Recent SBA Developments
In October, Cherry Bekaert presented a webinar on recent Small Business Administration (“SBA”) statutory and regulatory changes. The webinar is available for on-demand listening on our website. This article provides a summary of the information discussed in the webinar.
While several topics were covered, the topic that seems to have been of the most interest to participants is the change in the number of years that will be used to determine a contractor’s size when a revenue bases size standard is involved. In this regard, in July 2018, the Small Business Runway Extension Act of 2018 (“Act”) was introduced. The sole action to be accomplished by this Act was to extend the period for determining size based on revenue from three years to five years. The reason given for this extension was:
[t]his modest modification of SBA’s size formula is designed to reduce the impact of rapid-growth years which result in spikes in revenue that may prematurely eject a small business out of their small size standard. This legislation will allow small businesses at every level more time to grow and develop their competitiveness and infrastructure, before entering the open marketplace. The bill will also protect federal investment in SBA’s small business programs by promoting greater chances of success in the middle market for newly-graduated firms, resulting in enhanced competition against large prime contractors.
The Act passed Congress on December 6, 2018, and was signed by President Trump on December 17, 2018, becoming effective law on the date of signing. Unfortunately, in SBA’s opinion, Congress amended the wrong section of the Small Business Act while attempting to achieve this goal.
The Small Business Act gives the SBA the authority to establish government-wide size standards. In another section, the Act gives agencies the right to ask the SBA to establish special size standards for them. It was this latter section that Congress amended when it passed the Act. Thus, in SBA’s view, that Act did not apply to SBA’s government-wide size standards.
Although the Act did not affect SBA’s government-wide size standards, in order to have uniform size requirements, SBA published a proposed rule to implement the Act in the June 19, 2019 Federal Register. In addition to extending the revenue calculation period to five years, the proposed rule makes other changes to the way revenue is calculated. For example, the proposed rule would eliminate consideration of the IRS Schedule K when calculating revenue for S corps. Also, the proposed rule would change the way revenue of a division that is sold or acquired in a calculation period is treated. For a division that is sold, revenue would be counted up to the point of sale. For a division that is acquired, revenue would only be counted after the acquisition.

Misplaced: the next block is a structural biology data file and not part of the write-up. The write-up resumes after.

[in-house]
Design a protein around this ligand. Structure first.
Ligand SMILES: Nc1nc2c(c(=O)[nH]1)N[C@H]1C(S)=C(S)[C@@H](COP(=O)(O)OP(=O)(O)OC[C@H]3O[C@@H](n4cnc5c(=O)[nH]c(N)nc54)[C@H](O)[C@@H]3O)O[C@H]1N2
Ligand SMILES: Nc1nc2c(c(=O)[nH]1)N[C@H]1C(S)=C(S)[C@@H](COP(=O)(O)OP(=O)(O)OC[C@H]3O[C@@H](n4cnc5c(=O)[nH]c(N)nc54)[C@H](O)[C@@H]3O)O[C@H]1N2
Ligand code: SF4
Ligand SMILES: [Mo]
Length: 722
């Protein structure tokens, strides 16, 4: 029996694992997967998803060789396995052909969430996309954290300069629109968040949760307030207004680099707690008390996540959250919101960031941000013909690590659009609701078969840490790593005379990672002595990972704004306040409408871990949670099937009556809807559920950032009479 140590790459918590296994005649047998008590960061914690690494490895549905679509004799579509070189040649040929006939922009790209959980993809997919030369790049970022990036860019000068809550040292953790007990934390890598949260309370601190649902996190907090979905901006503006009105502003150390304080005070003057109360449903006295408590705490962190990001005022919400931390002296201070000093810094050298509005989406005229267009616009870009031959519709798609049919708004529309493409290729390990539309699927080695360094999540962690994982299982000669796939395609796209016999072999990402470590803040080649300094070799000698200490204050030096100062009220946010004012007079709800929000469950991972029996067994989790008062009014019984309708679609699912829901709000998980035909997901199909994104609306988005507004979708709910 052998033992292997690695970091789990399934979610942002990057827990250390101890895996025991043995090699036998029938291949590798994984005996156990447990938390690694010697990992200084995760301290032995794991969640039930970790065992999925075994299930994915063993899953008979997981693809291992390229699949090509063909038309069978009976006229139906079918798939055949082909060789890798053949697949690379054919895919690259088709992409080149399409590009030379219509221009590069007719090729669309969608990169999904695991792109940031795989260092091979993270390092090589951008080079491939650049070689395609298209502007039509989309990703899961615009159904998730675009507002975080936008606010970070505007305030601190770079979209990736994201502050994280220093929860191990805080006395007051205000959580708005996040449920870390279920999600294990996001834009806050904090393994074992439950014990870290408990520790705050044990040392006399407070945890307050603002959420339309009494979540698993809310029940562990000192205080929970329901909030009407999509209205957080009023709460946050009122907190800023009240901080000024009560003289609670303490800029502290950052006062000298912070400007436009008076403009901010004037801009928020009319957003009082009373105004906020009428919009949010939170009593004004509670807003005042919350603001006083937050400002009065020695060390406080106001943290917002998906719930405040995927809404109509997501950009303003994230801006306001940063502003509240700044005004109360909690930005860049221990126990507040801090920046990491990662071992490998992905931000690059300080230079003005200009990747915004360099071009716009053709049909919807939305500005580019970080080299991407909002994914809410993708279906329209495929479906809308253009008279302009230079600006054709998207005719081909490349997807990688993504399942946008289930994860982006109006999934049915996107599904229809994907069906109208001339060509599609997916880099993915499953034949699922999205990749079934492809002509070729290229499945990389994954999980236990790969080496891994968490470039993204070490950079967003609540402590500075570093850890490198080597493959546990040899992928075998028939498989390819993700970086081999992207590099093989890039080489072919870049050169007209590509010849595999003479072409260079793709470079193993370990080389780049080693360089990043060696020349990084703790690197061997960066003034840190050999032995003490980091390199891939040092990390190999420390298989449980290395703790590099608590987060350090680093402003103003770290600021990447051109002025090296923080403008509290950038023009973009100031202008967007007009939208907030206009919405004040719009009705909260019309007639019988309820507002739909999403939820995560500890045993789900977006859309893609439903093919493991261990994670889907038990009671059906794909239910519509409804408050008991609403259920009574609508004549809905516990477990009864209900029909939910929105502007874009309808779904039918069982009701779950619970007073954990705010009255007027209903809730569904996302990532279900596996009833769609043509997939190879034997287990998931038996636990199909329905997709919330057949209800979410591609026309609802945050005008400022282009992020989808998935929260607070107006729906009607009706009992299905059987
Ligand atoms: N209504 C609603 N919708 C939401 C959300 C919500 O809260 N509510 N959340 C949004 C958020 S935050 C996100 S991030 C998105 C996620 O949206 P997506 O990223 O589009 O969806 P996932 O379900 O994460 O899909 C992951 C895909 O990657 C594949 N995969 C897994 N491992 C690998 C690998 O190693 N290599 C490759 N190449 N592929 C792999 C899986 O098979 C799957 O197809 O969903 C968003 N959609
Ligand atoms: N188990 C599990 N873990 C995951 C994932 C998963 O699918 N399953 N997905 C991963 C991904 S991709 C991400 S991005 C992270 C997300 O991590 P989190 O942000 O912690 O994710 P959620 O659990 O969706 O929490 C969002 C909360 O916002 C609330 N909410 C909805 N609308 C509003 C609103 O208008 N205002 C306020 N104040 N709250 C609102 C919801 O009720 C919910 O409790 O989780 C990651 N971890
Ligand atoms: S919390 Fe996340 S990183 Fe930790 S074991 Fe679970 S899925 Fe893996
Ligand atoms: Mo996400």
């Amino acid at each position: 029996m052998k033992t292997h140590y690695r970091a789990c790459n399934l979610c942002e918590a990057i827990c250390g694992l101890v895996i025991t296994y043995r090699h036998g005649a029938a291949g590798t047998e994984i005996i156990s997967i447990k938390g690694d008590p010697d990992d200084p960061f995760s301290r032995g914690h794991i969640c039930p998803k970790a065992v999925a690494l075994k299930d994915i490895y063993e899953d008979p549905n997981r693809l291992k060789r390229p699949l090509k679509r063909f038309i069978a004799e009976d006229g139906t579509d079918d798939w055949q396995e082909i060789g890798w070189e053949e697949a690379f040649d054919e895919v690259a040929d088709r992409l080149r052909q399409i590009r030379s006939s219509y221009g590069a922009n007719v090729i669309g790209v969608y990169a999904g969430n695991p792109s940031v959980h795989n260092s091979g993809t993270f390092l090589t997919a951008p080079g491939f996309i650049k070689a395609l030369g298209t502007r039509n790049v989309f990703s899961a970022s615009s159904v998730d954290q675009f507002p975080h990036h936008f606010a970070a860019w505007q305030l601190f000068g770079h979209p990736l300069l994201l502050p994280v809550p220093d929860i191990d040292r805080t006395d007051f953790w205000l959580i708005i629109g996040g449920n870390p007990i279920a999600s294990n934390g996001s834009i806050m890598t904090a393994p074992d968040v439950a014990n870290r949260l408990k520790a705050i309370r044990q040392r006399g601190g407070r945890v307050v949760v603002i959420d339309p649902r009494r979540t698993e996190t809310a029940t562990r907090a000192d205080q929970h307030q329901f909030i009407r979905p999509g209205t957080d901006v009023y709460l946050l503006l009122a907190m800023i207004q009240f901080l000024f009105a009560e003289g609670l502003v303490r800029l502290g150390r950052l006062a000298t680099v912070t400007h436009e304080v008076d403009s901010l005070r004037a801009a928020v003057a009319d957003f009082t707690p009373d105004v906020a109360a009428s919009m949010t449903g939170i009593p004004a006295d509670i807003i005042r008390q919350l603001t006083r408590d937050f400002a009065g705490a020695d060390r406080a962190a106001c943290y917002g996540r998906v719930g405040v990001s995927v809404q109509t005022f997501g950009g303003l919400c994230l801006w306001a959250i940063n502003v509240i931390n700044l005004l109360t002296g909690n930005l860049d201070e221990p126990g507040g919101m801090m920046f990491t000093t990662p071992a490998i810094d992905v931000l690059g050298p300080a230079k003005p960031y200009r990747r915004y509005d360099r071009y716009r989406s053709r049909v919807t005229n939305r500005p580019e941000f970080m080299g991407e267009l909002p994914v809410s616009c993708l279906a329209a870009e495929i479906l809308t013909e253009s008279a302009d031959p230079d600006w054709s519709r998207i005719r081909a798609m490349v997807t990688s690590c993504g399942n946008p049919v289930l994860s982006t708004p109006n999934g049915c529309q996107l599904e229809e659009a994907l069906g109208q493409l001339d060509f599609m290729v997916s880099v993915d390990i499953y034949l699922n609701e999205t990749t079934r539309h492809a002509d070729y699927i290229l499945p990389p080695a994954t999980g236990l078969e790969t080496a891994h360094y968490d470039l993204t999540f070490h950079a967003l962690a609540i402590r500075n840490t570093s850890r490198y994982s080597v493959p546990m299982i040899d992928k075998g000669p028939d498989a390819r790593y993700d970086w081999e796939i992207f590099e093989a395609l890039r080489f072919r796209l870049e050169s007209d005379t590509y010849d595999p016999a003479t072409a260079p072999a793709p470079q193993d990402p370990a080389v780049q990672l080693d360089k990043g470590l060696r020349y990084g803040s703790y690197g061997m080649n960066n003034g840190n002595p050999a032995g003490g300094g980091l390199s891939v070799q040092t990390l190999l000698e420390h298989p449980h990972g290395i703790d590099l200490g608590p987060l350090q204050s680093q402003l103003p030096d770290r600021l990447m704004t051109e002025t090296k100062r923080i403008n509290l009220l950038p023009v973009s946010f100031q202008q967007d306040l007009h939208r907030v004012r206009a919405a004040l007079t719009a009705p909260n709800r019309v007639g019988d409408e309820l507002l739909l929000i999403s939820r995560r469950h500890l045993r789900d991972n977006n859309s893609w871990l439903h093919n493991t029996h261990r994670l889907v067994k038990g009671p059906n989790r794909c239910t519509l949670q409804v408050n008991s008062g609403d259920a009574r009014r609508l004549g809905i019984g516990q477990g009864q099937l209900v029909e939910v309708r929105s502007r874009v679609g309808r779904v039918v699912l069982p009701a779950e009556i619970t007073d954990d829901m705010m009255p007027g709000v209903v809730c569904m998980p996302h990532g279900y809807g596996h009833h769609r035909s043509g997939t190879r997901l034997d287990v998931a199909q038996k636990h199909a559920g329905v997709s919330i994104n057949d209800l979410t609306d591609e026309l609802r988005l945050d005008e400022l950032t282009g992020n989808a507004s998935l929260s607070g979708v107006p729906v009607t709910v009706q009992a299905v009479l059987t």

In TechAnax, LLC; Rigil Corporation, B-408685.22; B-408685.25 (August 16, 2019) the protesters argued that the Act was self-executing and that the contracting agency (the General Services Administration) should apply the five year period in determining an offeror’s size. The Government Accountability Office (“GAO”) sought SBA’s view on this and SBA restated its position that the Act did not affect government-wide size standards, therefore, rulemaking was necessary before the Act could be implemented. GAO gave deference to SBA in this regard and denied the protest.
By law, the SBA is required to adjust revenue based size standards for inflation every five years. In another rulemaking that should be of interest to small business concerns, the SBA made such an adjustment in the July 18, 2019 Federal Register. This notice requested public comments on the adjustments and stated that the adjustments may be further adjusted depending on the public comments and other information. In the meantime, the interim adjustments are effective beginning August 19, 2019. Contractors should use the new size standards when submitting proposals on or after that date. Further, these revised size standards are to be used when a contractor has to recertify its size in accordance with Federal Acquisition Regulation (“FAR”) 52.219-28 after August 19, 2019. Finally, contractors should review their System for Award Management (“SAM”) data and make any needed changes using the new size standards.
Finally, changes were made to SBA and Department of Veterans Affairs (“VA”) rules that affect Service-Disabled Veteran-Owned Small Businesses (“SDVOSBs”) and Veteran-Owned Small Businesses (“VOSBs”) seeking to do business with the VA. By law, the VA is to give a contracting preference to these small business categories over other small business categories. For years, SBA and VA had different criteria for determining which concerns qualified as an SDVOSB or a VOSB. However, the 2017 NDAA required the SBA to issue uniform rules for determining who owned and controlled these concerns. Those rules were issued in September 2018, and became effective on October 1, 2018. Under the new rules, while the SBA establishes the criteria for who owns and controls a concern, the VA makes this determination using the SBA criteria. If there is a dispute between a contractor and VA concerning these issues, the matter is to be determined by the SBA’s Office of Hearings and Appeals.
If you have questions concerning any of these issues or other small business contracting matters, do not hesitate to contact Cherry Bekaert for advice and assistance.